UEFA have been accused of giving “completely untrue” evidence to the inquiry on the 2022 Champions League final, to protect senior figures.
After the near-fatal chaos of the 2022 Champions League final in Paris, UEFA set up an independent inquiry into the events at the Stade de France.
In a report by David Conn of the Guardian, UEFA have now been accused of presenting “completely untrue” evidence to the inquiry by their then operations director, Sharon Burkhalter-Lau.
The panel deemed the dangerous problems the fault of the events division, but Burkhalter-Lau thinks the blame lies elsewhere.
The events management specialist said she could not accept that her events division held primary responsibility for the chaos, instead blaming the French police.
She also rejected the accusations against her team, in memos sent to UEFA officials including Theodore Theodoridis.
“The claim that Uefa Events … senior management marginalised the Uefa security unit is based on statements provided by Uefa that were untrue and concerted,” Burkhalter-Lau wrote.
In January, she also wrote: “Following the Paris final, we discussed that we must protect the security unit from the fallout.”
She added that UEFA’s evidence that head of security Zeljko Pavlica’s unit had been sidelined was “untrue.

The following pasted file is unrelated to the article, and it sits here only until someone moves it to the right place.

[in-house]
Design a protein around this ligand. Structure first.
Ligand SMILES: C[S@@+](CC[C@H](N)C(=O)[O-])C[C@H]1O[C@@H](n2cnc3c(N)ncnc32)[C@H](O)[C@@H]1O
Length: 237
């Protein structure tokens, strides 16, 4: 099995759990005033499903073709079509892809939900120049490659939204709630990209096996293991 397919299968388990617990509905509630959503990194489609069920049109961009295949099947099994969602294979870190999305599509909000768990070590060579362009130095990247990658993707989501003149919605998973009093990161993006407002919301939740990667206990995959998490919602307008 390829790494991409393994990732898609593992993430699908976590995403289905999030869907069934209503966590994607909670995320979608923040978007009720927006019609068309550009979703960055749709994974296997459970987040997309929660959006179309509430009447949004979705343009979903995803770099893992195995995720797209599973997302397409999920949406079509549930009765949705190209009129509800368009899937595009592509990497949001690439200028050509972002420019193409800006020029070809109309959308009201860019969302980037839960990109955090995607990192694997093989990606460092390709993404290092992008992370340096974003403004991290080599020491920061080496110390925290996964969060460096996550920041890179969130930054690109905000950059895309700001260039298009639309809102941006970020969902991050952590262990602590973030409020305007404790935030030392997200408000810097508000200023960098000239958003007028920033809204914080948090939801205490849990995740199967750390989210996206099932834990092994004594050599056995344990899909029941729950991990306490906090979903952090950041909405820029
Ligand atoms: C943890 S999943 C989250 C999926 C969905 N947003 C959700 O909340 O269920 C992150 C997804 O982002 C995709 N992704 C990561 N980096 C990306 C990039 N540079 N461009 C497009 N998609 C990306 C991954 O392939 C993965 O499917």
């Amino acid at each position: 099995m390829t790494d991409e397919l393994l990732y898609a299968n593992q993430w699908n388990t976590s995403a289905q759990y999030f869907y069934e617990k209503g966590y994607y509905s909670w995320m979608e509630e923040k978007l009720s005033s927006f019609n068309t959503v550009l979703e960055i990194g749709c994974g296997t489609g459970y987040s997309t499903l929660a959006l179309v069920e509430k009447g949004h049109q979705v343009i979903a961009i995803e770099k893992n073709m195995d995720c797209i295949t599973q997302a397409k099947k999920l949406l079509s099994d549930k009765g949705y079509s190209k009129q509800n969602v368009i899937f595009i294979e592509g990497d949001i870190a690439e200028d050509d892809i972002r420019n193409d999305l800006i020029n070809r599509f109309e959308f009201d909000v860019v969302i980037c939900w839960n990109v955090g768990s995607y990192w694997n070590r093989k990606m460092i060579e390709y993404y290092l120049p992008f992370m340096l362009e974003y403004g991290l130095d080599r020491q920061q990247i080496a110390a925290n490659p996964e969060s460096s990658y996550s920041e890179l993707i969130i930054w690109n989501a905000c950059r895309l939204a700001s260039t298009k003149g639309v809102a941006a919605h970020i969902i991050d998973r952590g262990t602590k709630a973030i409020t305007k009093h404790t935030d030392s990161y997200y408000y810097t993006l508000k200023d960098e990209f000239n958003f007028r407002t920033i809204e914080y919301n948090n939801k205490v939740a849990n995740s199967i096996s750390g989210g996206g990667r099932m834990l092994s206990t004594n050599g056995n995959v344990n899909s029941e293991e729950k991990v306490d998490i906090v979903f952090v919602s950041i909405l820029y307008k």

“I understand now that there has been an agreed strategy to protect the security unit by stating that all safety and security matters would be communicated via project management, which places the blame for any perceived errors or omissions on Tiziano’s team,” she wrote in her memo.
This was was referencing Tiziano Gaier, a UEFA official in Burkhalter-Lau’s division responsible for the final operations.
This shielding of Pavlica, who spent the evening in the VIP area and missed vital planning meetings, again calls into question the integrity of the organisation and its president, Aleksander Ceferin.
This is especially the case given Ceferin was Pavlica’s best man at his wedding and the security official was appointed to his position with no recruitment process to go through.
High-ranking figures at UEFA say they have changed and learnt from their failings. However, these accusations indicate there is still a culture of cronyism and a push to shift blame onto others.
Responding to the Guardian, UEFA said: “The group, and Uefa more broadly, had numerous discussions about the events in Paris, some of which reflected the different views internally on the events and actions of that night.
“Some of those differences were also reflected in the evidence given by various Uefa directors to the panel, evidence that was given in good faith and to the best of the individuals’ knowledge and recollection.”
You can read the full report from David Conn, in the Guardian, here.